If you refuse to listen to someone because they are different or espouse a different ideology than you, I call -ism. If you treat people with disdain because you do not agree with their ideas, I call -ism. If you are selective about who you share the love of Christ with, I call -ism. If you withhold your prayers for salvation from a particular group of people, I call -ism. If you believe yourself to be better than someone because they are in some way different, I call – ism. If you have a special name for members of that “other” group to communicate your thoughts about their homogeneity, I call -ism. I don’t care what side of what group of what idea you’re on, I call -ism.

It is not racist, antisemitic, misogynistic, etc. to disagree with someone’s viewpoint. It is racist, antisemitic, misogynistic, etc. to view or treat them as less than you because their viewpoint is different than yours.

I will repeat that. I can think your views are completely misguided and still believe you to have worth, value and importance because you are my fellow human. Disagreement does not equate support of an -ism. Unwillingness to listen to others, consider their experience, speak up for their value as people, and render them respect simply for being fellow members of the human race, does.

We are all fallen. We are saved by grace. We are ransomed by love. Jesus did not die so we could take credit for our supremacy. The supremacy is God’s. The grace is God’s. The mercy is God’s. The justice is God’s. Judgement will start in the house of the Lord. Let us not fool ourselves.

I stand with my black and brown brothers and sisters. They have value. God has a plan for each and every one of them. God speaks words over each one of them for hope and a future. They were each formed by God in the womb. They were each called “good” on the day they were made. They are each welcome in the throne room of God.

I almost didn’t write anything because there are so many voices right now. But I would rather be “just another voice” than silent. The riots will stop. The protests will end. Another people group will suffer violence. Another -ism will rise to the surface of the public conversation.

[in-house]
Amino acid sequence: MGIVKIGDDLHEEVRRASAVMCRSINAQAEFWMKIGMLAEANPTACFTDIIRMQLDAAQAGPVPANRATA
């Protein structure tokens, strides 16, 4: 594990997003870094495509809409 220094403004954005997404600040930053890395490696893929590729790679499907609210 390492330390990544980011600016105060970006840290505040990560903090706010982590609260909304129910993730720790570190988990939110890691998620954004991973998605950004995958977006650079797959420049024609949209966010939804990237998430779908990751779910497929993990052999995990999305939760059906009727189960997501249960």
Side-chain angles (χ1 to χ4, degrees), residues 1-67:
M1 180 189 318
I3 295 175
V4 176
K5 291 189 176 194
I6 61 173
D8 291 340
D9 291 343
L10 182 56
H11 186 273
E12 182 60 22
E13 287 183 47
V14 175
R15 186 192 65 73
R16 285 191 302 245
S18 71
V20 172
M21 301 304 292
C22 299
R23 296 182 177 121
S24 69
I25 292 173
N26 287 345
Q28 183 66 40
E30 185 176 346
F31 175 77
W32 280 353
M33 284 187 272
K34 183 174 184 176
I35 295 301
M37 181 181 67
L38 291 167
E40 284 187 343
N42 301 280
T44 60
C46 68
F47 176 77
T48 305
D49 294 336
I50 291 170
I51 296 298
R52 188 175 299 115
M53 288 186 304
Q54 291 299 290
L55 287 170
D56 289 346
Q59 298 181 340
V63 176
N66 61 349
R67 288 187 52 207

When the next -ism rises, there will be another chance to speak. It is a curse. The curse of the next -ism. The curse of the never-ending cycles of hate and apathy that spin this world closer and faster toward apocalypse. The curse of the brokenness that drives us to Christ for redemption.

And if you haven’t ever come to Him for redemption, know that He gives it freely to you. There is no -ism in the world that can keep it from you. Despite what -isms some of His followers may possess, Christ is not His followers. You receive it directly from Him. As much as we strive to be like our Savior, we are never Him. The beauty of Christ is that He desires direct contact with you. His Holy Spirit, His Presence here on earth, is with you now, even as you read these words.

So, let us go on seeking to put others before ourselves. Let us be the good Samaritan who helped the one in front of him, rather than waiting to help one of his own. Let us look for ways to bring comfort and to trouble our apathy. Let us go on dying to ourselves for the sake of Christ. As the Klingons say, “Today is a good day to die.”

5 responses to “I Call -Ism.”

  1. To test your theory, Gittel, I consent to only one ism in relation to myself, and that is atheism. I am an atheist. Do I still have value to you, do I still have your love, do you not somehow feel superior to me? Your answers will either surprise me, or they will unsettle you.
    You say people cannot live without being racist or prejudiced in some way to someone else. You are wrong. I am capable of loving everyone, or giving value to everyone. I certainly have people in my. Ife with whom I disagree, but that does not mean I cannot get along with them in a peaceful, respectful manner, all on my own. “Those peoplel” is not a phrase that will ever come out of my mouth.